LINGUIST List 14.3363

Sat Dec 6 2003

Review: Cognitive Science:Gentner & Goldin-Meadow(2003)

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  1. Katharine Beals, Language In Mind: Advances in the Study of Language and Thought

Message 1: Language In Mind: Advances in the Study of Language and Thought

Date: Thu, 4 Dec 2003 13:44:00 -0500 (EST)
From: Katharine Beals <>
Subject: Language In Mind: Advances in the Study of Language and Thought

Gentner, Dedre and Susan Goldin-Meadow, ed. (2003) Language in Mind:
Advances in the Study of Language and Thought, MIT Press.

Announced at

Katharine Beals, Ph.D., Autism Language Therapies


''Language in Mind'', edited by Dedre Gentner and Susan Goldin-Meadow,
collects 16 recent essays by premier scholars exploring the influence
of language on thought. Here Whorf's hypothesis that linguistic
differences may cause differences in thinking, widely embraced in the
1950s and 1960s, lately the object of so much scorn and skepticism
(Pinker 1994; Devitt and Sterelny 1987), receives renewed attention.
Today's better understanding of linguistic distinctions and
psychological processes affords more precise hypotheses about language
and cognition and more scientific methods of testing them.

In the introductory chapter, Gentner and Goldin-Meadow lay out the
essays' broad thematic interconnections (''Whither Whorf''). Next, in
a section entitled ''Position Statements'', three opinion pieces
introduce some of the underlying theoretical issues.

In ''Languages and Representations'', Eve V. Clark recalls Slobin's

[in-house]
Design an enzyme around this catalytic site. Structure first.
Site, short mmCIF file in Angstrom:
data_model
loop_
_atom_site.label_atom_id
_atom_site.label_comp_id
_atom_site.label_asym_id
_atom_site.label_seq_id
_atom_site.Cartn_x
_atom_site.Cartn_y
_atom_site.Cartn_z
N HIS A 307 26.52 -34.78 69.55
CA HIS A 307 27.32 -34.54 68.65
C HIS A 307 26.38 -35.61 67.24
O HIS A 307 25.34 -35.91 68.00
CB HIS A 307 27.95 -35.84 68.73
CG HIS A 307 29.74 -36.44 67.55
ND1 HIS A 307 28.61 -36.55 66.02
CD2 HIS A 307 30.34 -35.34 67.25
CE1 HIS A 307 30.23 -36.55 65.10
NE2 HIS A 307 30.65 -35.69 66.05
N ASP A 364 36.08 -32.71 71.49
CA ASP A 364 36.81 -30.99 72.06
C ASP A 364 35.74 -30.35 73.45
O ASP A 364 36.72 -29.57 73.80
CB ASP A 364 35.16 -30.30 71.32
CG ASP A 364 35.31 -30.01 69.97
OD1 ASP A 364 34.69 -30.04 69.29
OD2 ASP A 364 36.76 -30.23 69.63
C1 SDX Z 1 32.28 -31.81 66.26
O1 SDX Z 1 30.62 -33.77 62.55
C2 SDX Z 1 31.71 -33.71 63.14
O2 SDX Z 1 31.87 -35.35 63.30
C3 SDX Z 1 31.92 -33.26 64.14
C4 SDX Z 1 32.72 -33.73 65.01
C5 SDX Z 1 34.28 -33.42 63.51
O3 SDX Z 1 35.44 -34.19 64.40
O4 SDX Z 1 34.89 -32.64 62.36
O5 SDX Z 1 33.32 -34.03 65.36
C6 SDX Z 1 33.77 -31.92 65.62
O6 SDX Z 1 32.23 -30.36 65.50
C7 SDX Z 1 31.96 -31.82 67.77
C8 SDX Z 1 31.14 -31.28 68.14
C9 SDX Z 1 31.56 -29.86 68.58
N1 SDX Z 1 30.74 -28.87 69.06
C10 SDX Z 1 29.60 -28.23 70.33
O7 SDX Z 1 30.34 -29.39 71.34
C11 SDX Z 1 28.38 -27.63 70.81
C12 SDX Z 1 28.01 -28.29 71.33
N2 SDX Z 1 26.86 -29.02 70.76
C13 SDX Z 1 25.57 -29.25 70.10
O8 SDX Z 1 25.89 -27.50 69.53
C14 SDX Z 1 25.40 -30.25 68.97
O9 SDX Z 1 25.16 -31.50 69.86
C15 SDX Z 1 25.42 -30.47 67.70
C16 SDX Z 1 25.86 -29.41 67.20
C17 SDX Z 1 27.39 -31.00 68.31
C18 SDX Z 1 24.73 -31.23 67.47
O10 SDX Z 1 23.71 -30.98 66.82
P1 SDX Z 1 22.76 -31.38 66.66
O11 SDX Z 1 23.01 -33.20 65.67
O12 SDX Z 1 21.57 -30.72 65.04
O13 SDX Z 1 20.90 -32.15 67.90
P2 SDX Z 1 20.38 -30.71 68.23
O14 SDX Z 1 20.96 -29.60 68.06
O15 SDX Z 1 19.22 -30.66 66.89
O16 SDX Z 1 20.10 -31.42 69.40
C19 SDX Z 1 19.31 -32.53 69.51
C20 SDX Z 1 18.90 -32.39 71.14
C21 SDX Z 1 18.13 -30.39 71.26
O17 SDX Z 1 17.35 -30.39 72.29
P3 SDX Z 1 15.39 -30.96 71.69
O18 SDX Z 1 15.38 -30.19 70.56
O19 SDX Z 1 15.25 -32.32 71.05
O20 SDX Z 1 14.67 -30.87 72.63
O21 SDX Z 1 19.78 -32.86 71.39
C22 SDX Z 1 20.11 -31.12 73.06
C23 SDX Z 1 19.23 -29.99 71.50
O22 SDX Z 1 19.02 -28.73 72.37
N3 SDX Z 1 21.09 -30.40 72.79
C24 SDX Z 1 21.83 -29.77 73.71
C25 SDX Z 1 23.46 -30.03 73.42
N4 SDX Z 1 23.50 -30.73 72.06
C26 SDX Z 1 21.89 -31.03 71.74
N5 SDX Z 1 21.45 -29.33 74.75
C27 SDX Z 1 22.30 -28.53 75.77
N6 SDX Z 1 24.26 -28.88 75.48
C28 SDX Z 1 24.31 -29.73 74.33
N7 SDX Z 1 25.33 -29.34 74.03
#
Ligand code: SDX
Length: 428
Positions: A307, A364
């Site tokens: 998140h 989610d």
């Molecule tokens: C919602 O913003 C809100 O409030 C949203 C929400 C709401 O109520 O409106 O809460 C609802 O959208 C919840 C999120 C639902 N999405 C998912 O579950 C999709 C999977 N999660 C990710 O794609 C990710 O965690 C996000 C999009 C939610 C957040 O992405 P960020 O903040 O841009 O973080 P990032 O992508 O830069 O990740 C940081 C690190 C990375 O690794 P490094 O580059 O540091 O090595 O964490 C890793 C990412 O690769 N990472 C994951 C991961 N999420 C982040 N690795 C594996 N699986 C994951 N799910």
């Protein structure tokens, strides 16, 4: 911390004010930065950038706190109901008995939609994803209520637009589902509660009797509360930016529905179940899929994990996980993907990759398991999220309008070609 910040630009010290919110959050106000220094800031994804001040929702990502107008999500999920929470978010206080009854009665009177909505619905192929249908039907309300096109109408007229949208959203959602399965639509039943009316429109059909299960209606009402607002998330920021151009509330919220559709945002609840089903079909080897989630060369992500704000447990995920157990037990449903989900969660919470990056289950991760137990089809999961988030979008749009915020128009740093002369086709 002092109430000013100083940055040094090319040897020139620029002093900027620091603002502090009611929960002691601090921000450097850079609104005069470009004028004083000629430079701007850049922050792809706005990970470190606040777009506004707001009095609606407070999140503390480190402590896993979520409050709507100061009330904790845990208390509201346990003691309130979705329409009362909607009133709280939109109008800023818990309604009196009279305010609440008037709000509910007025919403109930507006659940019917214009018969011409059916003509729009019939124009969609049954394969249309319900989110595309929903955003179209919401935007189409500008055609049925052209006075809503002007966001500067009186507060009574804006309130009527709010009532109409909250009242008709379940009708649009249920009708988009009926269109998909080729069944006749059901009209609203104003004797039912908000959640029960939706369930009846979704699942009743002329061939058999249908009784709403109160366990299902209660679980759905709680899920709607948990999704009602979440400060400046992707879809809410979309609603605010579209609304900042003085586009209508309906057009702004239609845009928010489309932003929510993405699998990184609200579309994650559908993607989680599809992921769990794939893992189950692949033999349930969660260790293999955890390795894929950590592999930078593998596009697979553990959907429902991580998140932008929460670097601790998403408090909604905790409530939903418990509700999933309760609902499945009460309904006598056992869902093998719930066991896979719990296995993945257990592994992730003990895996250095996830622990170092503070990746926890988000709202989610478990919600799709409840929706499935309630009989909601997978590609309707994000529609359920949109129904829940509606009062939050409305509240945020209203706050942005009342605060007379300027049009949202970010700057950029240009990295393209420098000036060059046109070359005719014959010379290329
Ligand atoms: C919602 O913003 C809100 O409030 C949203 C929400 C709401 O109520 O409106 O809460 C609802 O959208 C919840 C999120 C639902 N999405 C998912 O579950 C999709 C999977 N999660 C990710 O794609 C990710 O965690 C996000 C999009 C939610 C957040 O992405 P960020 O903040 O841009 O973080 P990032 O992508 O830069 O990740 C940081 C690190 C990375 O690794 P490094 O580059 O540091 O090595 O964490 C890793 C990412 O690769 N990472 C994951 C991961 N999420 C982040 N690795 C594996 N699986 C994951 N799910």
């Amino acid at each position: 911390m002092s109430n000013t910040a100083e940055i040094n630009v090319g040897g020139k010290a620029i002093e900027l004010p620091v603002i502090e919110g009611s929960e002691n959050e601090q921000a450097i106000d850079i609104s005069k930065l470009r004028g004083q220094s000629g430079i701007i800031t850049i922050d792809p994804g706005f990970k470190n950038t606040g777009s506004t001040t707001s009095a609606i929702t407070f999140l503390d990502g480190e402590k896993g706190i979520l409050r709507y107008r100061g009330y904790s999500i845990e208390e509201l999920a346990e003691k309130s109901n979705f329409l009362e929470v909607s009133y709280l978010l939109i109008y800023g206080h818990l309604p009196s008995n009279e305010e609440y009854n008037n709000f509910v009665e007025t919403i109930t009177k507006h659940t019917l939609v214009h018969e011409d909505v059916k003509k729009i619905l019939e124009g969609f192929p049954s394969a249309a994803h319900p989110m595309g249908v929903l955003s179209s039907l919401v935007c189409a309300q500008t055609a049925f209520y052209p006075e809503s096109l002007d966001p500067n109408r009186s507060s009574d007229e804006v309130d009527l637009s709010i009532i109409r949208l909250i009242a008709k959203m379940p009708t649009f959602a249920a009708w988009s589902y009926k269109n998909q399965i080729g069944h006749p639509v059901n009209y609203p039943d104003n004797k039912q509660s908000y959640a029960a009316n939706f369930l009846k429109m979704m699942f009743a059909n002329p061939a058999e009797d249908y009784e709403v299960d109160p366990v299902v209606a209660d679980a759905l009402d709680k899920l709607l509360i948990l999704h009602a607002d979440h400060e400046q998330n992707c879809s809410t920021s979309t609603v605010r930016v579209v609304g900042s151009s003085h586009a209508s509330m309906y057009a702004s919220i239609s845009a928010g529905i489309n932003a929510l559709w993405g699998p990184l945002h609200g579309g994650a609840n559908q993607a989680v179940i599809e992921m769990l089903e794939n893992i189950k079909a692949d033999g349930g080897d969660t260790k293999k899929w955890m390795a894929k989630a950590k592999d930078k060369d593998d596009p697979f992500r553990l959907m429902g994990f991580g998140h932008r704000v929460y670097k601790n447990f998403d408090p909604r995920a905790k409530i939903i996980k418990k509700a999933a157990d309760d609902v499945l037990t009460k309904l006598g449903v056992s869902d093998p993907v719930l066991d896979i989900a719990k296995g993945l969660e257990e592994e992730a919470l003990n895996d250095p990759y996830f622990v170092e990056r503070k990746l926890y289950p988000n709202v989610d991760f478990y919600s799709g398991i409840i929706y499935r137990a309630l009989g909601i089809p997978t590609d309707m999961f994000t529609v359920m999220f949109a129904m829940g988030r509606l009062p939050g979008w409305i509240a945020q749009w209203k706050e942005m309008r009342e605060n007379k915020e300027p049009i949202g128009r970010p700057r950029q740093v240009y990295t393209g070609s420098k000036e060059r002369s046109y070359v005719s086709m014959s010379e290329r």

(1996) distinction between ''thinking for speaking'' (what we do when
we select and combine words) and other types of thought. Thinking for
understanding, remembering, and categorizing may involve less
linguistic encoding and therefore less language-specific variation.
Even a given event can induce multiple mental representations, some of
which aren't motivated by the intent to use language; these, too, are
potentially universal.

In ''Language and Mind'', Stephen C. Levinson adduces the huge
variation among the semantic structures of the world's languages as
evidence against the ''nativist'' emphasis on linguistic universals
and the ''nativist'' claim that universal, inborn concepts operate at
the level of mental computation. Decomposing the semantics of all
languages would produce a set of primitives larger than our
notoriously short short- term memories can handle. Rather, concepts
are language-specific constructs. Also language specific, given the
ease and rapidity with which we encode and decode propositions, is the
conceptual representation system closest to semantic representation.

In ''Social Cognition'', Michael Tomasello stresses the importance of
joint attention. Occurring whenever one attends to what the speaker is
attending to, joint attention does more than enable language learning.
Since there are many ways in which a speaker may attend to something,
attending to his attention teaches children multiple ways of
construing objects or events, vastly enlarging their cognitive